Merry Keithmas!: Keith Richards goes “under review” in this 2007 UK music documentary

By on December 18, 2017

The arrival of December 18th marks another trip around the sun for Keith Richards — he was born a week before Christmas Day in 1943 — so we thought we’d celebrate “Merry Keithmas!” (or Happy Keithday!) this year by sharing a 2007 UK music documentary, Keith Richards: Under Review, which you’ll find streaming in our Under Review section over on Night Flight Plus!


We have no doubt that wherever Keith Richards is celebrating his 74th birthday today, he’s doing whatever he wants and having a great time doing it.

After all, this is the man who told fellow Sagittarius Bobby Keys (also born on December 18, 1943): “We’re half man and half horse, and we got a license to shit in the streets,” which means if you’re walking behind Richards today, you better watch your step.

This cat with at least nine lives won’t live forever, of course, but the fact that he’s still with us in the year 2017 is kind of miraculous, innit?

In fact, his longevity has been the punchline to quite a few groaners, including an oft-repeated joke about how, if a nuclear apocalypse happens, the only survivors will likely be cockroaches and Keith Richards.


The late comedian Bill Hicks, in fact, liked to point out that despite the U.S. government’s anti-drug messaging — which reached its zenith during the 1980s — and despite all drugs he’d taken, Keith Richards was still very much alive.

More recently Bill Maher joked that “Airplane black boxes should be made out of Keith Richards.”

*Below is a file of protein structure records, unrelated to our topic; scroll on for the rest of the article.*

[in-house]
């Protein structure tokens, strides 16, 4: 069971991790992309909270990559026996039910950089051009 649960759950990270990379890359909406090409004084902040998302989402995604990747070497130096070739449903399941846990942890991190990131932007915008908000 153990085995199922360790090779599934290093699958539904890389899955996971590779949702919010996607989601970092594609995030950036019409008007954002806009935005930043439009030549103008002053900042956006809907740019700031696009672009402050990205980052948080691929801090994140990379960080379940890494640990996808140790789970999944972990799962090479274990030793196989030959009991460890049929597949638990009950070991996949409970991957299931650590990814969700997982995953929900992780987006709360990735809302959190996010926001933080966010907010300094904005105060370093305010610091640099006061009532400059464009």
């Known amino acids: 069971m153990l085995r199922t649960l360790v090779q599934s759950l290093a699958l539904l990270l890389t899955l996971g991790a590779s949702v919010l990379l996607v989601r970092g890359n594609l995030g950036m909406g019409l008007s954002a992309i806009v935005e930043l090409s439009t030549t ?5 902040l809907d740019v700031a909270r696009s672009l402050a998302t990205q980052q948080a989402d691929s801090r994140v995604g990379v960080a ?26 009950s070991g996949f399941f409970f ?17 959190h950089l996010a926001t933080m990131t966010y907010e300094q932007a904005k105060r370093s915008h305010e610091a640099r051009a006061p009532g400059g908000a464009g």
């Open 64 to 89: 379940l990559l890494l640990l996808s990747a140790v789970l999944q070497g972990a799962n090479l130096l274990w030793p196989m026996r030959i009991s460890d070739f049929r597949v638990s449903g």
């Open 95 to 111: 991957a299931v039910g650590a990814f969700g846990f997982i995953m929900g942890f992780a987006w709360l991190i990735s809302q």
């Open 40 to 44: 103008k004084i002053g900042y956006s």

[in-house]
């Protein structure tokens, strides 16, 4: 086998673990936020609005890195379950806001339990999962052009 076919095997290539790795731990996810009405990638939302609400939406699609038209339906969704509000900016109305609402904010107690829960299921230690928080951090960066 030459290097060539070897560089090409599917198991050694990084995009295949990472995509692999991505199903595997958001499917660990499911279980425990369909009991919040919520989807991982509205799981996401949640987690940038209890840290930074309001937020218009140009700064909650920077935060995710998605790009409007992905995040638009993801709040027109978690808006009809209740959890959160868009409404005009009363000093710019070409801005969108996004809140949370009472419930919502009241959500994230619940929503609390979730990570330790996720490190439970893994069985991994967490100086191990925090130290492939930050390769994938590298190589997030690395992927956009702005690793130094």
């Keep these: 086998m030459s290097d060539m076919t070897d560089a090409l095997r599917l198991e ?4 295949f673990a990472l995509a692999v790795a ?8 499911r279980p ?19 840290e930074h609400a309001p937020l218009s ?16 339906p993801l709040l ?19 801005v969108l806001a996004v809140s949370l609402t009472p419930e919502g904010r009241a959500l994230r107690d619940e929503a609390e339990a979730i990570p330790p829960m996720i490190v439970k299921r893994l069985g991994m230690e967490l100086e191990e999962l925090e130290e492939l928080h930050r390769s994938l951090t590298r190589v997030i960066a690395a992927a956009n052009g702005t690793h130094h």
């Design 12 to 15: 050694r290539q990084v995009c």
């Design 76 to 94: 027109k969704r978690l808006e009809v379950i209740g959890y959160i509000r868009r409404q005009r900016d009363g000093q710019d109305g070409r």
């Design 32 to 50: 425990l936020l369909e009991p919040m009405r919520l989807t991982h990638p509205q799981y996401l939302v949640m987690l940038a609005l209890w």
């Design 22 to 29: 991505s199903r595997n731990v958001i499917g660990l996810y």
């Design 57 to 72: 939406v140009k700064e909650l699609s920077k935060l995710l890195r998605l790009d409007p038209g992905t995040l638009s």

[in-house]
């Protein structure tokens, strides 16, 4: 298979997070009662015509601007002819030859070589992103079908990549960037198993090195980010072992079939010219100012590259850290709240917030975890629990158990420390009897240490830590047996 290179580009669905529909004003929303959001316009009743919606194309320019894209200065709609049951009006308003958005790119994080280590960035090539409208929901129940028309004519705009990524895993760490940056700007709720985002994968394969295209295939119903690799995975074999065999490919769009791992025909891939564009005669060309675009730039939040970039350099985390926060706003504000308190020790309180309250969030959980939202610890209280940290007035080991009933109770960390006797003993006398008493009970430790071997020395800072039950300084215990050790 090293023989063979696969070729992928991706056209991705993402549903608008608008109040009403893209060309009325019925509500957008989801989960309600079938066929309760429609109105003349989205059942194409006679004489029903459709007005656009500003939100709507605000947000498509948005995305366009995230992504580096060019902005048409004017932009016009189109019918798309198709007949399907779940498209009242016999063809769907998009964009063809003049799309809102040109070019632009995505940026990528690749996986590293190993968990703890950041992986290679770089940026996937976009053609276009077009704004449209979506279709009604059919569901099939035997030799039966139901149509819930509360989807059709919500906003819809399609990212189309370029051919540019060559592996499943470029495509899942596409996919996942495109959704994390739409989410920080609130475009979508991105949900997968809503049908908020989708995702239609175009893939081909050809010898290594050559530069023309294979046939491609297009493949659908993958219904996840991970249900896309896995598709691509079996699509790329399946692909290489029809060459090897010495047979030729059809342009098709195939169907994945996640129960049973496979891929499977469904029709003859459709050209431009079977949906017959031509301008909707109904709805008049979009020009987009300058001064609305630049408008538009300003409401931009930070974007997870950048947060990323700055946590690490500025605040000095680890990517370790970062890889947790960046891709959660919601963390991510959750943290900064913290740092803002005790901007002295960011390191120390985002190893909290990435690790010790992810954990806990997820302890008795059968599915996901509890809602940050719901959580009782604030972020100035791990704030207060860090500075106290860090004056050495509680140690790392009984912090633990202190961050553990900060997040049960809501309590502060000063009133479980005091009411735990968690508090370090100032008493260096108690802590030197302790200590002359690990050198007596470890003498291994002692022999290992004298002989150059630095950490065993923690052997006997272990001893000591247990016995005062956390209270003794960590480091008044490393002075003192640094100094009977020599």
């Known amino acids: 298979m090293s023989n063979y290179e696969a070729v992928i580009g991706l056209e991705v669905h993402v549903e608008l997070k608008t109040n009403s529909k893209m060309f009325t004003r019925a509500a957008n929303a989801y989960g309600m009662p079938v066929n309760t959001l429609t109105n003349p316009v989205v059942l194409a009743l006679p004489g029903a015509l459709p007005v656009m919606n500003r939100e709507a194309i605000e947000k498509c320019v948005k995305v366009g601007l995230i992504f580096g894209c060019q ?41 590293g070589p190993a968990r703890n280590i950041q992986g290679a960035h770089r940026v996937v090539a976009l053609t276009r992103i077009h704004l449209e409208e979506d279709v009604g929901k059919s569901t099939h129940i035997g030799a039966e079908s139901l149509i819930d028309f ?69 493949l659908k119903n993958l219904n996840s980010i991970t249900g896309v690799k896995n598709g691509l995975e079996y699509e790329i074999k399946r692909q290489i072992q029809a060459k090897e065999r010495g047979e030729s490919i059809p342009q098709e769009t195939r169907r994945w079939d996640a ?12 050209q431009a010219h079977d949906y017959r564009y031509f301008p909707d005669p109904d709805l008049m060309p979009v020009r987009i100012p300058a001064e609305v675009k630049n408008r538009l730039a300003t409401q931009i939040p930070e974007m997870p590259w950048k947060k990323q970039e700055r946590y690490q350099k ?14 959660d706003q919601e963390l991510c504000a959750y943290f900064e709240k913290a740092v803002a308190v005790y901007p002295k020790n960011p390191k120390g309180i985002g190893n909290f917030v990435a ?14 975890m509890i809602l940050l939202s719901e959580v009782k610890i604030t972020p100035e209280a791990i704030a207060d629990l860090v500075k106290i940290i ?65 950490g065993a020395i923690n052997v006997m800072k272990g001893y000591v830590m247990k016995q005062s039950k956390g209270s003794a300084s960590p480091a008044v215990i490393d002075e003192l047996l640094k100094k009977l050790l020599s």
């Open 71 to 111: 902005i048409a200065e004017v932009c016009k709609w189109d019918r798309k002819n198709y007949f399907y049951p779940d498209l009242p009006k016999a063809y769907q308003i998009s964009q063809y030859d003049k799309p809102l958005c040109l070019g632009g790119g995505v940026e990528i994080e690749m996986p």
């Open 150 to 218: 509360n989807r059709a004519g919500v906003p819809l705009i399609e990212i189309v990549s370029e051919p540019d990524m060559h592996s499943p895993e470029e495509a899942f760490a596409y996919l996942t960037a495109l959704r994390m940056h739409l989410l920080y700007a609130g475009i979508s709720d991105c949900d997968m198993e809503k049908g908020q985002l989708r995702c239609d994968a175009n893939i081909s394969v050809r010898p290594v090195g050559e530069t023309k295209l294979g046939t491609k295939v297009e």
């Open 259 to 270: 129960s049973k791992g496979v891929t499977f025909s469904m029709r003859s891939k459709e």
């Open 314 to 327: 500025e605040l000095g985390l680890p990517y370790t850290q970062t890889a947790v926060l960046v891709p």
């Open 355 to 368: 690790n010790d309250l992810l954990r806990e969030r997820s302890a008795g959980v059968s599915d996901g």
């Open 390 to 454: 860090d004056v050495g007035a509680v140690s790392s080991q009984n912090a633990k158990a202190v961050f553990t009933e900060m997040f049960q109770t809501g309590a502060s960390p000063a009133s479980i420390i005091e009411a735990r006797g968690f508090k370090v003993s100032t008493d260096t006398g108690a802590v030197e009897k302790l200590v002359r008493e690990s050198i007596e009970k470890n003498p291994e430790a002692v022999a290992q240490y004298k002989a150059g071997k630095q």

“I’ve no pretensions about immortality,” Richards told England’s NME in 2007. “I’m the same as everyone else – same as you, same as everybody, I’m the same old bugger, just kind of lucky. I was Number one on the Who’s Likely To Die list for 10 years, I mean I was really disappointed when I fell off the list.”

Five years earlier, in an interview for Rolling Stone (“Will Keith Richards Bury Us All?“), Richards said:

“To me, life is a wild animal. You hope to deal with it when it leaps at you… I just hope to wake up and it’s not a disaster.”


Read more about Keith Richards and Keith Richards: Under Review below.


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If you’re looking for biographical info about Keith Richards, we really recommend that you check his memoir, Life, which was published in October 2010.

The New York Times review of the book said:

“He gives us an indelible, time-capsule feel for the madness that was life on the road with Stones in the years before and after Altamont; harrowing accounts of his many close shaves and narrow escapes (from the police, prison time, drug hell); and a heap of sharp-edged snapshots of friends and colleagues — most notably, his longtime musical partner and sometime bête noire, Mick Jagger.”


Richards was born on December 18, 1943, in Dartford, Kent, an only child growing up in the bomb sites of a unassuming post-war suburb southeast of central London.

By the time he’d entered Sidcup Art College (after first being expelled from Dartford Technical School for skipping class), he was already well aware that he wanted more than anything to be in a rock ‘n’ roll band.